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Last Words by Dr. Davenport

21 Doctors And Nurses Share The Creepiest Last Words Uttered By A Patient Before Dying | Thought Catalog

A Quiz, for which there is no answer key; it is meant to evoke thought, ideas, conversation and – maybe – action:

A briefcase is for:
___ storage
___ transportation
___ temporary housing
___ stand-in picnic basket


When you are at lunch with friends or colleagues and your watch alarm rings, signaling you the time for your next dose of medication, you do the following:
___ turn it off and quietly take your medication
___ turn it off
___ turn it off, excuse yourself from the table, and take your medication in the ladies’ room
___ fumble about, go red in the face, explain to everyone about your medicine, your diagnosis, symptoms, and get mixed up before you’re through, forgetting whether you actually took it, or not
___ what alarm watch?


When you are late for a meeting again, you:
___ decide there have been too many of these, and just skip it entirely
___ go ahead and enter, but say nothing
___ apologize quickly and sit down, trying to get up to speed
___ make up a plausible untruth (stalled car on the freeway, emergency phone call, etc.)


If you are asked by a community or social group to contribute to its effort something that you do not do well, you handle it in the following way:
___ agree to do it, figuring to find someone else to hand it off to later
___ simply refuse, saying that is not something you could possibly handle
___ ask for a different job, and make a suggestion of the type of thing you can do
___ explain how you have AD/HD and all the ways it impairs you, how you just can’t do one more thing, and hope they don’t ask again


If you are in a public meeting and some one makes a joke about AD/HD, you:
___ burst into tears
___ take umbrage and stand up, immediately registering your displeasure with the humorist, describing the difficulties you and your family live with daily as a result of the disorder
___ find the person afterwards and quietly tell her or him in a few words what it was like to hear that “joke,” and offer to share accurate information
___ do nothing, but knit faster


When you realize, on the way to pick up the dry cleaning before a couple of other errands, that you have missed a dose of medication by an hour or so, and the “other couple of errands” are foggy in your mind, never mind what comes next, your response to this is:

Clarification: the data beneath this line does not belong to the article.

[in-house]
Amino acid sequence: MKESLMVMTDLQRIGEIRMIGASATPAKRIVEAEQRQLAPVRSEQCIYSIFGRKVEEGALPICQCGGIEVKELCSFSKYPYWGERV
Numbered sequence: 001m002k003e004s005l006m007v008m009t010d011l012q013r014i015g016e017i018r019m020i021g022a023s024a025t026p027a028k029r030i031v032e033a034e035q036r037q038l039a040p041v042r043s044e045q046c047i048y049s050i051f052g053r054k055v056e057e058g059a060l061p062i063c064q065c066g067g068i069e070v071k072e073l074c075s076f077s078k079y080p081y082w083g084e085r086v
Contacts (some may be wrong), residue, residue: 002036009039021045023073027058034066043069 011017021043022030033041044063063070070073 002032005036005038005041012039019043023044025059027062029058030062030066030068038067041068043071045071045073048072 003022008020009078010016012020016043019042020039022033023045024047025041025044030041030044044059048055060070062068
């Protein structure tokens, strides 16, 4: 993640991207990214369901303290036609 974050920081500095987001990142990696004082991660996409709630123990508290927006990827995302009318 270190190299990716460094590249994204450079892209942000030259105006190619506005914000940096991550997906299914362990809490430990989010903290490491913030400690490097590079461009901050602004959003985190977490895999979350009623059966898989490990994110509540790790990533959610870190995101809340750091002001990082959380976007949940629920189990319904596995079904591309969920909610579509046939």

___ agitation, weeping, taking the medication and forging ahead, locking your keys in the car outside the bank
___ a sinking feeling, taking your medication, then sit in the car awhile with the magazine you keep handy for such moments, and in 20 minutes or so a slow approach to the drycleaners, talking yourself through the steps carefully until you can tell you have your brain function back
___ give it all up and go home, since you don’t have your meds with you anyway


One day the phone rings, and it’s a friend, some one you like a lot, and you know she likes you, though you’re aware you confuse her some; and she asks you for a book you borrowed from her last spring. You don’t exactly remember borrowing it, you’re pretty sure you must have because you do know you’d be certain that you hadn’t if that were the case, but not recalling anything about it provides you no information on its current whereabouts. And, this is a friend you want to keep. You:
___ gasp audibly and apologize for the awful delay, tell her you’ll hunt it down and call her back about it before nightfall
___ tell her you are about to leave for the day and will get it to her the next day, only later realizing you didn’t actually take down the name and author of the book
___ ask her specifically for the name and author, write them down, tell her you’ll get the book to her today (and cancel an appointment in order to do so), and purchase a new one; when she inquires about it, you tell her that her copy got too much use and since you were so tardy in returning it, you wanted her to have a new one.
___ gasp, tell her you’re having a hard time remembering the book, ask for the name and author, ask how urgent is her need; then decide to search or purchase in a given timeframe, and do it. Along the way, you can give her some minimal information about the trouble you have with organization, memory and other executive functions, and then work out a system for handling borrowed items in the future to prevent such goofs; and thank her for the opportunity to figure out a problem that’s been plaguing you for years.